Wrap Up

Gaming should be enjoyed by everyone or no one, depending on which is most fair, even-handed, and ethical. It is clear that all games and no games have a variety of experiences to offer us and oppress us. Only through fully transparent, factually accurate, nonbiased journalism with a series of reviews and accountability checks in place can any of us hope to ever enjoy or hate these games, as is determined by everyone or no one, as is proper. Caucasian, heterosexual, cisgendered males are no better or worse than anyone, except perhaps women, but only as far as gaming goes or any other aspect of life, as determined by gamers if and when they choose to become arbitrarily upset by the presence of a uterus. Or the lack of one, if that is deemed proper.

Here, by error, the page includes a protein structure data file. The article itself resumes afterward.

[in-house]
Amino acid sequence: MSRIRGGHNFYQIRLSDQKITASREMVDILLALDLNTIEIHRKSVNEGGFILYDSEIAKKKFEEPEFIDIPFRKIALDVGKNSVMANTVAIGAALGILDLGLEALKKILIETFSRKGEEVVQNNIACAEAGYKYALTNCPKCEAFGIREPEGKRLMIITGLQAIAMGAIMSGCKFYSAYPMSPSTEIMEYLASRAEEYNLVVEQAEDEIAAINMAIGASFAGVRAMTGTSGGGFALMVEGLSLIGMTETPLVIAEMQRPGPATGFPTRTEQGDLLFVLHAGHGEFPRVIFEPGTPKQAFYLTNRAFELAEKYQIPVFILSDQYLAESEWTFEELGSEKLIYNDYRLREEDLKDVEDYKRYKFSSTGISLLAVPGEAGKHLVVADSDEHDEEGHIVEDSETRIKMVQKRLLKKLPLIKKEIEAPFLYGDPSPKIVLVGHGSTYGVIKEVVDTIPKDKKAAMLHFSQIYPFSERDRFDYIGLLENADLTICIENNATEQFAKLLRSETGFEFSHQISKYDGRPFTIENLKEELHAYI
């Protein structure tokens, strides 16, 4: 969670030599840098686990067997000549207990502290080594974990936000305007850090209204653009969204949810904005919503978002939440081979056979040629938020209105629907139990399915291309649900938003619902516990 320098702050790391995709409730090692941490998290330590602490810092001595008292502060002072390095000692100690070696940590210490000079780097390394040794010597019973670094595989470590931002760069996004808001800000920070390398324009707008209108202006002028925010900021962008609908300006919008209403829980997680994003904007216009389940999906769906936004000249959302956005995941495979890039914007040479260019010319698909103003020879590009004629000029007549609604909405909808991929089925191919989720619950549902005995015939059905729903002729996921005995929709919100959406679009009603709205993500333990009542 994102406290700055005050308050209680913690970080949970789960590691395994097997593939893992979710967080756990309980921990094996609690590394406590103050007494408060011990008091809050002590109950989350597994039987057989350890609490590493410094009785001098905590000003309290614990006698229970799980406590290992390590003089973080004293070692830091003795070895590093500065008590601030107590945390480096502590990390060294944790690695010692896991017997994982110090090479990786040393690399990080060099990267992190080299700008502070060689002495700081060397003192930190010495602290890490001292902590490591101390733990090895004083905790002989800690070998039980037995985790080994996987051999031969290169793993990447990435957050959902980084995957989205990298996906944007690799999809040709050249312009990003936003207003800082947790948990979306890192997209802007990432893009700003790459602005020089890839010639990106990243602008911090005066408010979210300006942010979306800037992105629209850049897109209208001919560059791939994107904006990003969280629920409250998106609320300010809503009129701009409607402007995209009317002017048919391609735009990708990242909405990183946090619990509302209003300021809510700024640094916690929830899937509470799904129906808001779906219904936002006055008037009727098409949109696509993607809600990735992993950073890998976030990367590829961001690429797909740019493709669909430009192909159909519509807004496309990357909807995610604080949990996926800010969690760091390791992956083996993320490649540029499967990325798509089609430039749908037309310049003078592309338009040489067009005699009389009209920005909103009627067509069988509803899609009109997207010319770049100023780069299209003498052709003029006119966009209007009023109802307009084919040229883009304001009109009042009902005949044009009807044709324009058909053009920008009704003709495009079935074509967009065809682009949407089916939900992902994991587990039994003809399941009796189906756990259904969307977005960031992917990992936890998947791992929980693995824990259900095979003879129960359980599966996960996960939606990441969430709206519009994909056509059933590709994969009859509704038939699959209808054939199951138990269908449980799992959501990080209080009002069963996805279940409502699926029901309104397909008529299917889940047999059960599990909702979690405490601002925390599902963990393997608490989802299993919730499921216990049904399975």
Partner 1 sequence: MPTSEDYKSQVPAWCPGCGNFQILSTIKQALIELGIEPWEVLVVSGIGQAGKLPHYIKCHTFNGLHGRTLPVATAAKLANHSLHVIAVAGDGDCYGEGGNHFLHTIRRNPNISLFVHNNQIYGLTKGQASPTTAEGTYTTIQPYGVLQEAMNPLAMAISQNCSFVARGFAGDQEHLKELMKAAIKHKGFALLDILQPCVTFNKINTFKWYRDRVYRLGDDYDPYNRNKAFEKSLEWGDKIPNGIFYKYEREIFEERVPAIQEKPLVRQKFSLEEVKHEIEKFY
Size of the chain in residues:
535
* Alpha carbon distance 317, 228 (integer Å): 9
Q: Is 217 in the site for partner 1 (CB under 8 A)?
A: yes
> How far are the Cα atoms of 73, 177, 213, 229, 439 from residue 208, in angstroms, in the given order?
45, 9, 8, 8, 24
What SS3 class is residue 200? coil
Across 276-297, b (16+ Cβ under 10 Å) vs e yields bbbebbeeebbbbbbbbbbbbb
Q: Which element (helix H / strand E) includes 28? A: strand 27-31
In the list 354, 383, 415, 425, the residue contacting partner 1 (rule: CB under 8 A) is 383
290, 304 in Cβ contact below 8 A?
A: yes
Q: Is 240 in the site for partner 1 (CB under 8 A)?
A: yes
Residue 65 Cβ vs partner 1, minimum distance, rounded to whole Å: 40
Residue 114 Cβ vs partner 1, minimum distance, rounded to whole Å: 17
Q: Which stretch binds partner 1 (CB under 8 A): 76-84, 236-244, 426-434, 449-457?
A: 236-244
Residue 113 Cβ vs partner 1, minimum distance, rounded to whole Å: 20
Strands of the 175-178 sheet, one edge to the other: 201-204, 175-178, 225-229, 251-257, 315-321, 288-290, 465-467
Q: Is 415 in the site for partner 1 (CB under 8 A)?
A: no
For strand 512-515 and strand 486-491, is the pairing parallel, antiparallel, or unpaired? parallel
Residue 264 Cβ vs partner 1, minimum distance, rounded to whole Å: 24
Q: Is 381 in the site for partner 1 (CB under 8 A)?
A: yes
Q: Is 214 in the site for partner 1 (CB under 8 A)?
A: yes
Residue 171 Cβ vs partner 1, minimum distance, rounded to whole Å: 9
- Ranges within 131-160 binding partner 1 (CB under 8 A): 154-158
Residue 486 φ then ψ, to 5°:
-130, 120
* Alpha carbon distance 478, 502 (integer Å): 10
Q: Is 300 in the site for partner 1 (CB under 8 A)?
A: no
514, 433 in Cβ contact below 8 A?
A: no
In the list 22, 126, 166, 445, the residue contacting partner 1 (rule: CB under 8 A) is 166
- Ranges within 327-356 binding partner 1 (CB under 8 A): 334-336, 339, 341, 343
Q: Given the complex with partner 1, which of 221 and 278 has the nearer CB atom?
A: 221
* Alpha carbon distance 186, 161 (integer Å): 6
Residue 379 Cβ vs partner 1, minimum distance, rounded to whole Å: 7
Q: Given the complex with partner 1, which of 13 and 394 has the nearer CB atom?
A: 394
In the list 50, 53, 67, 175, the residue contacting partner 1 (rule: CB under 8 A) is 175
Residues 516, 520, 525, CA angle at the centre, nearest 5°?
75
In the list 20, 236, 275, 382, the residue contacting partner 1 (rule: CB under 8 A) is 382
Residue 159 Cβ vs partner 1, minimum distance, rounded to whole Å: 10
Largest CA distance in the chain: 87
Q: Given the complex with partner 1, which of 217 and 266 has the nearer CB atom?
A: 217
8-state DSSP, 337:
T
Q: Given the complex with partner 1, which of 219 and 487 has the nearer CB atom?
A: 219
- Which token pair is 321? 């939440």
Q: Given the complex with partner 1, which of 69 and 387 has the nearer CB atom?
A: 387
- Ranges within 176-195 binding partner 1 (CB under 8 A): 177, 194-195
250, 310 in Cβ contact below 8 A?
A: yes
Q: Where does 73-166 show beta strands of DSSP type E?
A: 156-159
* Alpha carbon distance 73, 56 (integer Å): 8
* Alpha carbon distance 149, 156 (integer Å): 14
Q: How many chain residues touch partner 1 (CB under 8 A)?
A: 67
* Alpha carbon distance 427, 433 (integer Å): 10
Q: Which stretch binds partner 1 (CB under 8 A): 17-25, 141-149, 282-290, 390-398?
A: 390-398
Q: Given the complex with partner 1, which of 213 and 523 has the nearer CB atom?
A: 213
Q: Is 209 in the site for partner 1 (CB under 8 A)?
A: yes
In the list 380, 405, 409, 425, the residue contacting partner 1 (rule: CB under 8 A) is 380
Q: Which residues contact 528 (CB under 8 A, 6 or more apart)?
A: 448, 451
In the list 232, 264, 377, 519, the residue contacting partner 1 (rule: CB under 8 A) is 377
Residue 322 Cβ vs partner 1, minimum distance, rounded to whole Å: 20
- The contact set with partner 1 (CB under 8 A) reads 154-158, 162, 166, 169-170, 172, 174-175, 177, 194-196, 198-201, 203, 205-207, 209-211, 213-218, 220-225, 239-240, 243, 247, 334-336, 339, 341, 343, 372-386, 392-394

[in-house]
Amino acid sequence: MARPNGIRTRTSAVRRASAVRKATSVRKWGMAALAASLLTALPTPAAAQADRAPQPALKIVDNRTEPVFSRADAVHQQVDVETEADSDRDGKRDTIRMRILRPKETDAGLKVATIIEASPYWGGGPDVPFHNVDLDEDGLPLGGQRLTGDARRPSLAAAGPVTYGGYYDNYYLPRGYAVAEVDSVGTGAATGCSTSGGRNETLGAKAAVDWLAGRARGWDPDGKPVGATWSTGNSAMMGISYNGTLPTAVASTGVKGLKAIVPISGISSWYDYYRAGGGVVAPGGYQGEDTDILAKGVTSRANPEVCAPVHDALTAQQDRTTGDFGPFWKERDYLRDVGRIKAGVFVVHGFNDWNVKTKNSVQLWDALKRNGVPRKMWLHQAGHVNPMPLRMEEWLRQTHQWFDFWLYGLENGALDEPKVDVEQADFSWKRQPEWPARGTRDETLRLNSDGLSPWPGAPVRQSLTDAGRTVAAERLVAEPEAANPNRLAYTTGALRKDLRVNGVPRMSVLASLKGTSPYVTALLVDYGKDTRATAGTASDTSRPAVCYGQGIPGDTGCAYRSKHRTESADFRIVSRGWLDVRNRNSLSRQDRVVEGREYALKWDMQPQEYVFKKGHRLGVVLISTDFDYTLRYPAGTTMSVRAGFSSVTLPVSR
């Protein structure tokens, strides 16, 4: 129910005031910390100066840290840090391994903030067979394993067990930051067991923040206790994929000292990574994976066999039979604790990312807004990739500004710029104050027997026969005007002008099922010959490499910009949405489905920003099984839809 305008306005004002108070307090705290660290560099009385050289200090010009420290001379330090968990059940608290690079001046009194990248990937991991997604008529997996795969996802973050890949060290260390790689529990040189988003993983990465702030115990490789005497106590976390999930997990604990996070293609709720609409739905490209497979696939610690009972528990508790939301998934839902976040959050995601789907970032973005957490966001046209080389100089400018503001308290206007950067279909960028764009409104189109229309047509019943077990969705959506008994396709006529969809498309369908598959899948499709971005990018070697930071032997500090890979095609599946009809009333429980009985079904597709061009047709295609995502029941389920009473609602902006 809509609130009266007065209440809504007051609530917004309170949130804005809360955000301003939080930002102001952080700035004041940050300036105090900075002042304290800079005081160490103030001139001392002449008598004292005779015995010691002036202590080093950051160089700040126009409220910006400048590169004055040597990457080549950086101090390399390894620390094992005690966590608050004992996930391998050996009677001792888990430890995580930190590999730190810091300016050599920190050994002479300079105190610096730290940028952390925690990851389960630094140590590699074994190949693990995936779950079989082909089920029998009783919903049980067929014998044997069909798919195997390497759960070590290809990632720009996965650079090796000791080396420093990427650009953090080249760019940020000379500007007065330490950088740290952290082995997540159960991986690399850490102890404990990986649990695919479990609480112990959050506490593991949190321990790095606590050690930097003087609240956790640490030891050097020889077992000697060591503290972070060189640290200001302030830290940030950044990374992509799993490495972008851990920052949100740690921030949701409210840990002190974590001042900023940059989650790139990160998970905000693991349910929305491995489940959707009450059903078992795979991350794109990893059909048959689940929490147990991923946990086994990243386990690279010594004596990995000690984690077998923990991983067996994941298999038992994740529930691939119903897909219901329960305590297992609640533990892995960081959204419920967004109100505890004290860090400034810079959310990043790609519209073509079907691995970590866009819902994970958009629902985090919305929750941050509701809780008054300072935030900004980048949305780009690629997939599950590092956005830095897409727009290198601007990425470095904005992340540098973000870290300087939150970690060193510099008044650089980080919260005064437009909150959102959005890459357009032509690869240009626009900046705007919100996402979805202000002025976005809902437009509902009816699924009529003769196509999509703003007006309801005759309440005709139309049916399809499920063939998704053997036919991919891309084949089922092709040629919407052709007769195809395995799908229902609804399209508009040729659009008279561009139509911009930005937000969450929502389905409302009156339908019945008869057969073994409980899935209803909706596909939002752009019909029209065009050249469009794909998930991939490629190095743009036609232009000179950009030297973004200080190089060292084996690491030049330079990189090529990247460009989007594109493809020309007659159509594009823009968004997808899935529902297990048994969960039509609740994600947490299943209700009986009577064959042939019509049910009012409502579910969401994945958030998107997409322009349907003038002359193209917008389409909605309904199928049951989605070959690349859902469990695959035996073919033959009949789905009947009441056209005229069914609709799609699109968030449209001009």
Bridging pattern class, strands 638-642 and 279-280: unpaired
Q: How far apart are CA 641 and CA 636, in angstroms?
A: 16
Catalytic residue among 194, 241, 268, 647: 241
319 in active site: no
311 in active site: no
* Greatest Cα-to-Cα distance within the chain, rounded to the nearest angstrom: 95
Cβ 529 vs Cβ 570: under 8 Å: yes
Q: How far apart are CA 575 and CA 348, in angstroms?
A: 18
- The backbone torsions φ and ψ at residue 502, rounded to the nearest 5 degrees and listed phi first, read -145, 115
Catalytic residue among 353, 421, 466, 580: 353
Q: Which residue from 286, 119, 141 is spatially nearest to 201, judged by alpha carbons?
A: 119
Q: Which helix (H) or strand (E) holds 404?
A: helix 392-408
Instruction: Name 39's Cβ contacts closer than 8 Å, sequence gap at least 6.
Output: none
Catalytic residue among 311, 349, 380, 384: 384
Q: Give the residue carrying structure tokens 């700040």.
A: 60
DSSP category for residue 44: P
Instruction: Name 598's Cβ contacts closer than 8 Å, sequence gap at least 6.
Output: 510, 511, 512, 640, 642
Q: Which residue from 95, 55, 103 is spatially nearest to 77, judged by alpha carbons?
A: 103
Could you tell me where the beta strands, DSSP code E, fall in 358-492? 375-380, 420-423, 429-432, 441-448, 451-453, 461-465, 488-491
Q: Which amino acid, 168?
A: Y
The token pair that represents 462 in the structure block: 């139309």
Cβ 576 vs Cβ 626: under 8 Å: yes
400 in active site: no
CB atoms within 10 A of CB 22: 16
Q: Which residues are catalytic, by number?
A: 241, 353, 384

For more from Felix, check out The 7 Most Sexually Deviant Creatures in Folklore. And then check out When Video Game Characters Finally Snap.